How many types of diabetes are there? Many would say there are two. And that is correct.
However, recent diabetes research suggests this chronic condition is not as simple as type 1 and type 2. A large groundbreaking study finds there are actually five subgroups of diabetes — and that info may make your diabetes management plan more successful down the line.
The current classifications of type 1 and type 2 diabetes haven't changed for more than 20 years. For the more than 420 million people worldwide living with diabetes, these new findings indicate a step toward improved treatment.
A recent study in The Lancet: Diabetes & Endocrinology looked at six measurable factors in nearly 15,000 people recently diagnosed with diabetes: age, body mass index, the presence of beta-cell antibodies, level of metabolic control, measures of beta-cell function and insulin resistance. By looking at these diagnostic factors, researchers were able to define not just two, but five, subgroups of diabetes. In particular, type 2 diabetes appears to have highly variable characteristics.
The findings offer a better understanding of the underlying factors of diabetes, as well as hope for earlier and more personalized treatments that may prevent complications.
Here's what to know.
Group 1: Severe Autoimmune Diabetes (SAID)
This type is what is currently classified as type 1 diabetes. In people with this type of diabetes, the immune system produces antibodies that destroy beta cells (the cells that produce insulin). This production is known as an autoimmune response.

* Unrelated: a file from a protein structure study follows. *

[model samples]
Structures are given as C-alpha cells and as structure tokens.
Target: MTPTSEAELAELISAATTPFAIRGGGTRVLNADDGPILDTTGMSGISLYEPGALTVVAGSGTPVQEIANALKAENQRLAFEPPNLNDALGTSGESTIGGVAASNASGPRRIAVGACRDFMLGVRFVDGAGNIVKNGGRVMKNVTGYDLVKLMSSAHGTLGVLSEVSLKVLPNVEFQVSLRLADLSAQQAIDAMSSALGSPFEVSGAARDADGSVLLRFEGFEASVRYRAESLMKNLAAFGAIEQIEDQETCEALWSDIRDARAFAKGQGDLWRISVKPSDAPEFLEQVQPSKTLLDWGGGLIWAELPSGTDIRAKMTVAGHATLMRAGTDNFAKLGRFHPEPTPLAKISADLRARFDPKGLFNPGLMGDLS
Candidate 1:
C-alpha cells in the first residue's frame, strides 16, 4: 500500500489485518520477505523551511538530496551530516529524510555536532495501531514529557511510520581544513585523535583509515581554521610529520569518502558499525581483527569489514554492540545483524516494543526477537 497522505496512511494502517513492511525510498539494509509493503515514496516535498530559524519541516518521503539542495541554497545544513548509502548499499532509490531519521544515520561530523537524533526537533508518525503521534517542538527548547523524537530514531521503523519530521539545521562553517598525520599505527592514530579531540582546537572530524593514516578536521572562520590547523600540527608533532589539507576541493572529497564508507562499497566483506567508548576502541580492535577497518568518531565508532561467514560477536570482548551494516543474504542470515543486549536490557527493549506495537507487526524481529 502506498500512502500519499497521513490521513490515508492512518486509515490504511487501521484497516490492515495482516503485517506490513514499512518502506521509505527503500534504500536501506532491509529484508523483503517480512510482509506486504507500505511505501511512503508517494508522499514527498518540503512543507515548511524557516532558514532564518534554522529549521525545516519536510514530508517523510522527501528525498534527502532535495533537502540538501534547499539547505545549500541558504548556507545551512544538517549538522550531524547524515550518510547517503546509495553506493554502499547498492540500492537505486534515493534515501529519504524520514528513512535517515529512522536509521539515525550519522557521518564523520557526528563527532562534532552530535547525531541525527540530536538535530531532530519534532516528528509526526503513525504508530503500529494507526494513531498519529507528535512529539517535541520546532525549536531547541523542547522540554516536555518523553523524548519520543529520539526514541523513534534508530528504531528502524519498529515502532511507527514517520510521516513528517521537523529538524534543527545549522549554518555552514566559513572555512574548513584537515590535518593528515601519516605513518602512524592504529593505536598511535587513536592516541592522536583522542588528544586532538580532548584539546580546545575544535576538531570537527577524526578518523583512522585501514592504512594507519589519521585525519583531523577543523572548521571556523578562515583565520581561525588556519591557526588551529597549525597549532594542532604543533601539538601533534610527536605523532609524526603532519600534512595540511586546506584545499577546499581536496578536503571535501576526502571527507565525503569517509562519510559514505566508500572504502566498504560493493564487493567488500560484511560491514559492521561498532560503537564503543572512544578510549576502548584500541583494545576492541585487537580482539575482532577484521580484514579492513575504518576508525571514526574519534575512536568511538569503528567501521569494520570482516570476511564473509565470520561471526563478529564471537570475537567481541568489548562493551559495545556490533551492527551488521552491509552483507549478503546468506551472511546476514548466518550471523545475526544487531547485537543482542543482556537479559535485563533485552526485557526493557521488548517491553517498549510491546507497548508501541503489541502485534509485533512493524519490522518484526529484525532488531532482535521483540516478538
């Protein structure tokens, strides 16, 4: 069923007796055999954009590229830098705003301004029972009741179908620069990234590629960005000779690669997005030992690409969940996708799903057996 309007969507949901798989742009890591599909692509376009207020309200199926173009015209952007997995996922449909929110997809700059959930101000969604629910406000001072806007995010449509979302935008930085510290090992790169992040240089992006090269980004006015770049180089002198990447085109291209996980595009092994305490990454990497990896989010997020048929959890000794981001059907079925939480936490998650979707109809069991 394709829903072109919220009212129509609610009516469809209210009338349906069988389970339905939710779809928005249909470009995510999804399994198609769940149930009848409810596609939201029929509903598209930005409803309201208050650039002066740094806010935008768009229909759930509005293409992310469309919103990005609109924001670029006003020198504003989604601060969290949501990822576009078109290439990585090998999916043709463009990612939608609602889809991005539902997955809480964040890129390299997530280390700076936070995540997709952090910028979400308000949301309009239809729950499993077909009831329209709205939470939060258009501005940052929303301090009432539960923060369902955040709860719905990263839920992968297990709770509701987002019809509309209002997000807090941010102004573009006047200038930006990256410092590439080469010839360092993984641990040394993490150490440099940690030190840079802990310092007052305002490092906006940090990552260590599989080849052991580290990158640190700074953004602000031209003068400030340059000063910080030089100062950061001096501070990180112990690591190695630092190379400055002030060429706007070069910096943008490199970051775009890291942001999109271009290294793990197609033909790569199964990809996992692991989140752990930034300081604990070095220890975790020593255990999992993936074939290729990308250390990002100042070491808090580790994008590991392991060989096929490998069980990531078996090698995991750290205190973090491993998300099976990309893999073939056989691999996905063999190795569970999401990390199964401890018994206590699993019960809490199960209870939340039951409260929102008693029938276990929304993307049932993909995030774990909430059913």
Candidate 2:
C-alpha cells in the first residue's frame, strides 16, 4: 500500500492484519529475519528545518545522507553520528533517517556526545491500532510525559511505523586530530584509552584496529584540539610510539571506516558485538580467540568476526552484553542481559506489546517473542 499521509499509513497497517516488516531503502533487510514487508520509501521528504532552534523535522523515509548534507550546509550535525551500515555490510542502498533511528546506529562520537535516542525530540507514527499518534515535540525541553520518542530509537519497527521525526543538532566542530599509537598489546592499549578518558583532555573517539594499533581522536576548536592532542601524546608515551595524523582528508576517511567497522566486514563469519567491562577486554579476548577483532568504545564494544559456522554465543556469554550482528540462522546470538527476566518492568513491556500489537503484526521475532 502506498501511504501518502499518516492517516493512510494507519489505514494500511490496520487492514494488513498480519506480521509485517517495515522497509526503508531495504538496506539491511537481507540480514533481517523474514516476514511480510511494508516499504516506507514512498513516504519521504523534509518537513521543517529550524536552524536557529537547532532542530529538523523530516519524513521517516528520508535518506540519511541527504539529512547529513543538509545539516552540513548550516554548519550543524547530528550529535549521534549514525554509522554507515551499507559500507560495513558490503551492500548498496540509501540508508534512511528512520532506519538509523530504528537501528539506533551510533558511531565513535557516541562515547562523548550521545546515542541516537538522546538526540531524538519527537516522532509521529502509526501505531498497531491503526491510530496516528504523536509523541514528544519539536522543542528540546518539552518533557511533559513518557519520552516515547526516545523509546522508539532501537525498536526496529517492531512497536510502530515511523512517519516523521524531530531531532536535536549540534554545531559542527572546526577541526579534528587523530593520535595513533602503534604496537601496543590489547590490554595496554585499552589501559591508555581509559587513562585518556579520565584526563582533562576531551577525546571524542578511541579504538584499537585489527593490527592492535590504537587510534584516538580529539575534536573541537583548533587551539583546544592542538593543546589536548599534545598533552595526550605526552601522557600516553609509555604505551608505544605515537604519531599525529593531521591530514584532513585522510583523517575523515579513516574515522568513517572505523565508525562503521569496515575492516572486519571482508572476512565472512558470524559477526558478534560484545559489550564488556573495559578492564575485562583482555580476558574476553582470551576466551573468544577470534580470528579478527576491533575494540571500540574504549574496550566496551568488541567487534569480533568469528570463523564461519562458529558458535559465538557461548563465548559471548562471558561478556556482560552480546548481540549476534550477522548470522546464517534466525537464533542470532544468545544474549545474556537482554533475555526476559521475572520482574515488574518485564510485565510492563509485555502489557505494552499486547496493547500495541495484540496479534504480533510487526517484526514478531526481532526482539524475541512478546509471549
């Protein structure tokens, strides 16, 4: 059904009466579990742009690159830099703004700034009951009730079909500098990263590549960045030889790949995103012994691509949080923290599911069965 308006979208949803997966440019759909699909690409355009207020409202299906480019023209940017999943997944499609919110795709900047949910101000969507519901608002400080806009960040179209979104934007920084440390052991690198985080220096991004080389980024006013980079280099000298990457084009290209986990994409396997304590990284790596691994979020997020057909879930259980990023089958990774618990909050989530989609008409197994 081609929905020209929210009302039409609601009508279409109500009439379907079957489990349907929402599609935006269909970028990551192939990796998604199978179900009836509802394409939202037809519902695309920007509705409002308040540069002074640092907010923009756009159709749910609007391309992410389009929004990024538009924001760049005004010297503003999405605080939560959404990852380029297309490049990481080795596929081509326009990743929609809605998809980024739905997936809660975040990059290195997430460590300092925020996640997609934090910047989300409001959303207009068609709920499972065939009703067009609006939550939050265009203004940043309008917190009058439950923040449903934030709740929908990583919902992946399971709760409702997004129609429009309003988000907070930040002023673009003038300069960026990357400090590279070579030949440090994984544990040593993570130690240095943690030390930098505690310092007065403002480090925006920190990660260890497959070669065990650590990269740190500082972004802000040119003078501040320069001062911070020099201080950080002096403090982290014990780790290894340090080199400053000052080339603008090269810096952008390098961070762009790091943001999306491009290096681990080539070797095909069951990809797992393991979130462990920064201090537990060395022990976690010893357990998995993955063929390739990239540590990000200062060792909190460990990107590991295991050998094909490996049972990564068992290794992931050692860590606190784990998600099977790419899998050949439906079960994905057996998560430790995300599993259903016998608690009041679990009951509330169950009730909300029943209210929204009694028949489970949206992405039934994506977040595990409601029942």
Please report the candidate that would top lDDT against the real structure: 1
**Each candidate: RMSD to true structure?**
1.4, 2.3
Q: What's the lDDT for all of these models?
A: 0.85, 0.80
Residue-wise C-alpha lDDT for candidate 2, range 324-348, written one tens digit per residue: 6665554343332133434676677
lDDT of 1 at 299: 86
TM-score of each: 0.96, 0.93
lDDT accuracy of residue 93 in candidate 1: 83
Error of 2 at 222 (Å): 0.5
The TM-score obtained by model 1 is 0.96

The diabetes management plan for people with type 1 diabetes includes close monitoring of blood glucose levels and insulin replacement with daily injections or use of an insulin pump.
Group 2: Severe Insulin-Deficient Diabetes (SIDD)
People with this type of diabetes looked very similar to those with type 1: They were younger, not overweight and their bodies didn't produce adequate insulin. The difference was there weren't antibodies present, which means their immune system wasn't the underlying cause of their condition.
In people with SIDD, damage to insulin-producing cells caused their bodies to produce too little insulin. This group had the highest risk of vision loss.
The diabetes management plan for people with this type of diabetes is similar to those with type 1, but they may also take oral medications.
Group 3: Severe Insulin-Resistant Diabetes (SIRD)
This type of diabetes was characterized by insulin resistance, which means their body doesn't respond to its own insulin properly. People with SIRD are generally overweight, which further contributes to insulin resistance. The study found those with type 3 diabetes had a higher risk of kidney disease.
Researchers also found that of the five subgroups, the diabetes management plans for people with SIRD were the least effective. That means these people stand to benefit the most from new diagnostics and more intensive treatment that may come from this research.
Group 4: Mild Obesity-Related Diabetes (MOD)
People with this milder form of diabetes are very overweight and have some insulin resistance. Because the insulin resistance isn't as severe as with SIRD, this milder form of diabetes is believed to be caused by obesity.
Group 5: Mild Age-Related Diabetes (MARD)
People with MARD were elderly and had a milder form of diabetes than those who developed it in middle age. The study found this was the most common form of diabetes.
Researchers aren't suggesting it's time to reexamine the current type 1 or type 2 diabetes diagnoses. This is, however, a great jumping off point to refine our understanding of diabetes and the specific diabetes management plans for each type.
Staying on top of the latest research and treatment advances is an important part of your diabetes management plan. Be sure to discuss what you learn with your doctor and ask if there are ways you can improve your treatment.